Best Japanese albums you need to listen to: 2018 – Jan 2019

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For the first ever installment of my monthly best Japanese albums list (and also every subsequent one from now on), I look back at the records that have been released from Japan at any point in time and recommend my favorite ones to you.

From rap to J-pop to rock, this edition of the list is comprised solely of women. Not that it was an intentional decision. It’s just that these 3 albums were easily some of the best records that I’ve heard recently, with each of them stylistically miles apart from each other. Still, I hope that you’ll be able to connect with at least one of the records here. Japanese and Asian music, in general, need all the exposure they can get.


Awich – 8


Genre: Rap, R&B 

Released: 8 / 8 / 2017

33-year old Japanese-American rapper Awich has been obsessed with hip-hop since the tender age of 13. Inspired by 2Pac’s “All Eyes on Me”, her music is much more reminiscent to that of Nicki Minaj and Missy Elliot than 90s American gangsta rap.

Performing the bulk of the tracks in both English, the album is heavily influenced by its American counterparts. Yet, Awich manages to tie it back to its Japanese roots by enlisting the help of her home country contemporaries.

With outstanding verses from guests such as Yomi Jah and ANARCHY, Awich balances her English-oriented style with their Japanese leaning lyricism, creating an album that combines the best of both worlds.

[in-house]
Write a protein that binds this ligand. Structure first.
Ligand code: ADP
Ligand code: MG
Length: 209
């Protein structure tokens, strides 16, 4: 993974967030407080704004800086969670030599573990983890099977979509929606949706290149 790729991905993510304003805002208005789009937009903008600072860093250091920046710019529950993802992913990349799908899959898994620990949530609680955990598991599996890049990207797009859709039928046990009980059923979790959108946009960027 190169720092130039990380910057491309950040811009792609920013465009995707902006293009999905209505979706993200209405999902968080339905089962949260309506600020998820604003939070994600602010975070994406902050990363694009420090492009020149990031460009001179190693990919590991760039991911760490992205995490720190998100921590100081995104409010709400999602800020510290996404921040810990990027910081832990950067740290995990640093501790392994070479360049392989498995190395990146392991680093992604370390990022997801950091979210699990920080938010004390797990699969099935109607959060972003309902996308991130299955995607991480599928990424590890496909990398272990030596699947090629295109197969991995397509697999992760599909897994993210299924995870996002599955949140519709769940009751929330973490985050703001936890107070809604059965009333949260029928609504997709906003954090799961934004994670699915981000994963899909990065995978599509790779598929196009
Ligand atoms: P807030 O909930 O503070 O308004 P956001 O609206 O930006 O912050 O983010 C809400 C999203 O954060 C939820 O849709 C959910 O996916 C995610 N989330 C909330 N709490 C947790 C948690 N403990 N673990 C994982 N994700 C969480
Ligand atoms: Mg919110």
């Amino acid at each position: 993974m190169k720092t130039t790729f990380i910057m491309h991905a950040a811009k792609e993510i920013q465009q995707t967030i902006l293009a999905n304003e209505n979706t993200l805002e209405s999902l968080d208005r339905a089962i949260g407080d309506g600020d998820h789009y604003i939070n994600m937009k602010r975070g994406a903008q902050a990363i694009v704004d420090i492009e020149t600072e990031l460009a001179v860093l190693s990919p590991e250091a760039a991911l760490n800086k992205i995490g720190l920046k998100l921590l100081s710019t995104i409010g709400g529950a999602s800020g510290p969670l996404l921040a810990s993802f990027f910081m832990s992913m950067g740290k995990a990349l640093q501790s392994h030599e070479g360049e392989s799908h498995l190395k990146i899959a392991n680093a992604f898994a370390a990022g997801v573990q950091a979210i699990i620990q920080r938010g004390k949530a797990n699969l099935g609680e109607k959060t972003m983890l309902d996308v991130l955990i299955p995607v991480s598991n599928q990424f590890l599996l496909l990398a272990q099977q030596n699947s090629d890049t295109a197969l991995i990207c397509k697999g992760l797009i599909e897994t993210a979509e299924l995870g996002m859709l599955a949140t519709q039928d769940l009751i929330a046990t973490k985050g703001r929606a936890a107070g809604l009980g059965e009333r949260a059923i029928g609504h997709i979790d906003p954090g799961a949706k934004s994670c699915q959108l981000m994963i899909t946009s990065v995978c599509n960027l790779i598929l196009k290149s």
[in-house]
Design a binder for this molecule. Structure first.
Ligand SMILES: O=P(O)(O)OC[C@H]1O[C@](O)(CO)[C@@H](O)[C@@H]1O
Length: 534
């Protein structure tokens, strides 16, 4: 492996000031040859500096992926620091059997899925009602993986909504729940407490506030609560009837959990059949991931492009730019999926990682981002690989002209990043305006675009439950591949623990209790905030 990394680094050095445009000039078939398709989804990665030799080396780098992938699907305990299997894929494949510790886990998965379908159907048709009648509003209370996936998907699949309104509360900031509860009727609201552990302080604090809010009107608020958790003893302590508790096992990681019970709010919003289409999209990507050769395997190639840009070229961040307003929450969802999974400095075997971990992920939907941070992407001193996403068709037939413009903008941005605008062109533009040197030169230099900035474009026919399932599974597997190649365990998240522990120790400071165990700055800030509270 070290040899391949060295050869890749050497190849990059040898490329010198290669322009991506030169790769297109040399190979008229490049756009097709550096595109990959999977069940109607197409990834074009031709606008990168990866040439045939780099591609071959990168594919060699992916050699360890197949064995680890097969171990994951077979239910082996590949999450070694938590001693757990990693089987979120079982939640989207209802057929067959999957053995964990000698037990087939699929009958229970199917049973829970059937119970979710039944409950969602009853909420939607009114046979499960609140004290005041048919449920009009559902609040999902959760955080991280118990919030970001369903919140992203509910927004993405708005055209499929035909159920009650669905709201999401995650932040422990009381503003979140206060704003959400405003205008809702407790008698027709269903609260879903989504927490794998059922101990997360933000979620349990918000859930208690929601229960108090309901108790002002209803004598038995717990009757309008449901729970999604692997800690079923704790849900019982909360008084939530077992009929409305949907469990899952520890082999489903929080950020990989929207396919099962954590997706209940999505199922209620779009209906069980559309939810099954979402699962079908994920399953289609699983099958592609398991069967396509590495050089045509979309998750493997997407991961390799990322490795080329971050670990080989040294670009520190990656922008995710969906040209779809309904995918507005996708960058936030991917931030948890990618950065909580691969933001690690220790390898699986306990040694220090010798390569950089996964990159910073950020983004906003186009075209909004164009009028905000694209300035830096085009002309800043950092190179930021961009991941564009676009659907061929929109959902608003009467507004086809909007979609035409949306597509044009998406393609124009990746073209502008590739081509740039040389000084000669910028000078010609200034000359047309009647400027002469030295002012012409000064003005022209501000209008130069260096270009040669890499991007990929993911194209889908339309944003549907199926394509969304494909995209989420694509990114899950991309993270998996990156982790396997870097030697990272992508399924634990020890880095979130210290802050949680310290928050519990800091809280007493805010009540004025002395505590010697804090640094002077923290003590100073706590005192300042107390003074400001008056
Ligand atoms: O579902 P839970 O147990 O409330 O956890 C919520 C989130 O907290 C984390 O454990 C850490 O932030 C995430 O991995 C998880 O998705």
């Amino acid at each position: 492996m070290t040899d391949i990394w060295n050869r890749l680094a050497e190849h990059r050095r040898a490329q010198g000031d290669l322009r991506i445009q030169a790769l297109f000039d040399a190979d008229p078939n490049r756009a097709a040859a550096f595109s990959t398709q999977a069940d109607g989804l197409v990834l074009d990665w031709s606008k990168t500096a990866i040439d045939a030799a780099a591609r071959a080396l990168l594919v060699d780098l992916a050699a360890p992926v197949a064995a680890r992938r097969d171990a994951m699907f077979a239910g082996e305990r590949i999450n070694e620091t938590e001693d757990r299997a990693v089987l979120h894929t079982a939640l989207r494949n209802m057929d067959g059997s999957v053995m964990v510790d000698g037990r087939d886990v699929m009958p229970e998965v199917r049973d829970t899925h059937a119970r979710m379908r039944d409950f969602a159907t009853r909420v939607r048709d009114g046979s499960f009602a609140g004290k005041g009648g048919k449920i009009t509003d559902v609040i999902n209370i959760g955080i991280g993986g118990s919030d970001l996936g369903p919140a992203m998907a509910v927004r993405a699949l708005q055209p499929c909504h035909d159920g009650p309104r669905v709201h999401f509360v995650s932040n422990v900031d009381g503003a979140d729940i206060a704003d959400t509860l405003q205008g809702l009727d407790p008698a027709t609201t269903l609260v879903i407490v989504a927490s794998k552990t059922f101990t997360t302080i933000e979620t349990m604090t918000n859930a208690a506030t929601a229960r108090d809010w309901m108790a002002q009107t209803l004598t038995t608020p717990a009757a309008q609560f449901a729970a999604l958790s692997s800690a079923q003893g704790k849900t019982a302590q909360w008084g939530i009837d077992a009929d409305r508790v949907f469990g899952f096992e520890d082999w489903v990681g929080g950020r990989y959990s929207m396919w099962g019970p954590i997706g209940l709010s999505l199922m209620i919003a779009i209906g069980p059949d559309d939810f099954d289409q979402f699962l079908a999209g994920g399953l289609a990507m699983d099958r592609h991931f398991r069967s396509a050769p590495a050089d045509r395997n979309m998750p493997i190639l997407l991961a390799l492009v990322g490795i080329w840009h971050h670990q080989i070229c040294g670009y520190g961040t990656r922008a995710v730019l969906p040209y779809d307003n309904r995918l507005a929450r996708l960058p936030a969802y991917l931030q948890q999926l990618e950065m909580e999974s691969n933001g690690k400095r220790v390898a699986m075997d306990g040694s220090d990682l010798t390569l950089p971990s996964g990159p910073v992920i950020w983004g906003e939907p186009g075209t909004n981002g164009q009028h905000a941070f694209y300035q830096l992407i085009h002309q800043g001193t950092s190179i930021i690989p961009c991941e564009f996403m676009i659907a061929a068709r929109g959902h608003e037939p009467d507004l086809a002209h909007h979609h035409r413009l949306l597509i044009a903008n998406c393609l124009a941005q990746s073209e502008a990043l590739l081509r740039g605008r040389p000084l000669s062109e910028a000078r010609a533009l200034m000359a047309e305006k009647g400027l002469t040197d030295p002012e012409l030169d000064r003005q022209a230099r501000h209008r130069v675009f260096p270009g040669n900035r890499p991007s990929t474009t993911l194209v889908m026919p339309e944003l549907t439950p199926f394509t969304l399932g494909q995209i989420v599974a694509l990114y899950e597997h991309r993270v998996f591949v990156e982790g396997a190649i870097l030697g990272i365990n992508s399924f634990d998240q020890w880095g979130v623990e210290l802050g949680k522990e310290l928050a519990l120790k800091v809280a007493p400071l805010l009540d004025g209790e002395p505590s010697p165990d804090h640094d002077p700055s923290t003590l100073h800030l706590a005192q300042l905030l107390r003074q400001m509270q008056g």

Haru Nemuri (春ねむり) – Haru to Shura (春と修羅)


Genre: J-Pop, Noise Pop, Experimental

Released: 11 / 04 / 2018

Topping numerous international year-end lists last year and most notably reaching the number 7 spot on TheNeedleDrop‘s coveted list, Haru Nemuri is one of Japan’s biggest rising J-Pop stars for very good reasons.

Blending noise rock with dashes of bubblegum-heavy J-pop, all while delivering excellent rap inspired vocals, Haru to Shura is experimental music at its finest and most accessible. Equally brash and charming, Haru aims to hook listeners onto her sound without sacrificing any of her art.

It’s an album that unveils more of what it’s hiding underneath its layered production with each subsequent listen, inviting you to dissect it till your heart’s content.


Essential Listen

Rei – REI

Cover (2).jpg

Genre: Rock, Jazz, Electronic

Released: 25 / 06 / 2018

Loaded from front to back with banger after banger after banger, REI is an exercise in excessive indulgence that is brimming with energy and individuality. Harboring back to the rock music of the 70s and jazz from the 60s, she modernizes them through the ingenious addition of sparse electronic production.

Over the course of its 12 tracks, Rei inflects you with the excitement in her voice while her dynamic guitar riffs inject the record with a dose of exuberance. The album is ultimately an experience of Rei and her guitar, her passion for the craft and delight that she has for music being placed front and center.

REI is pure joy rendered into the form of an album. And if my writing wasn’t able to convince you, the track below definitely will.


February 2019 →

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